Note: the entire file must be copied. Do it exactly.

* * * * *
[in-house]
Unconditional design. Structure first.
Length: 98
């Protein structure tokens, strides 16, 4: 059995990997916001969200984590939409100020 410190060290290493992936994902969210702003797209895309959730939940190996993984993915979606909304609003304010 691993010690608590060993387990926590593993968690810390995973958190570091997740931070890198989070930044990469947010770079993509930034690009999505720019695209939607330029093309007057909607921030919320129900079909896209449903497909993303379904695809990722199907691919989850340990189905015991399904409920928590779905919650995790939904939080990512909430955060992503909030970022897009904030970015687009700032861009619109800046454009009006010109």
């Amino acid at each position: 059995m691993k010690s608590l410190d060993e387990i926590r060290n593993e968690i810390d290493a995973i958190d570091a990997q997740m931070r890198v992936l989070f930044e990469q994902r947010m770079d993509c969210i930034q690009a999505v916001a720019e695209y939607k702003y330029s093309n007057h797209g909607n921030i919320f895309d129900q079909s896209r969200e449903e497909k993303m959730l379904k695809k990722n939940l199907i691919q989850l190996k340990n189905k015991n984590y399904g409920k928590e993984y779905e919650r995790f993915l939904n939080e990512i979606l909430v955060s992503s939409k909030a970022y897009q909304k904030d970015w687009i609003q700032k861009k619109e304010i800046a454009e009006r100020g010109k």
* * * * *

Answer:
[in-house]
Unconditional design. Structure first.
Length: 98
């Protein structure tokens, strides 16, 4: 059995990997916001969200984590939409100020 410190060290290493992936994902969210702003797209895309959730939940190996993984993915979606909304609003304010 691993010690608590060993387990926590593993968690810390995973958190570091997740931070890198989070930044990469947010770079993509930034690009999505720019695209939607330029093309007057909607921030919320129900079909896209449903497909993303379904695809990722199907691919989850340990189905015991399904409920928590779905919650995790939904939080990512909430955060992503909030970022897009904030970015687009700032861009619109800046454009009006010109």
């Amino acid at each position: 059995m691993k010690s608590l410190d060993e387990i926590r060290n593993e968690i810390d290493a995973i958190d570091a990997q997740m931070r890198v992936l989070f930044e990469q994902r947010m770079d993509c969210i930034q690009a999505v916001a720019e695209y939607k702003y330029s093309n007057h797209g909607n921030i919320f895309d129900q079909s896209r969200e449903e497909k993303m959730l379904k695809k990722n939940l199907i691919q989850l190996k340990n189905k015991n984590y399904g409920k928590e993984y779905e919650r995790f993915l939904n939080e990512i979606l909430v955060s992503s939409k909030a970022y897009q909304k904030d970015w687009i609003q700032k861009k619109e304010i800046a454009e009006r100020g010109k």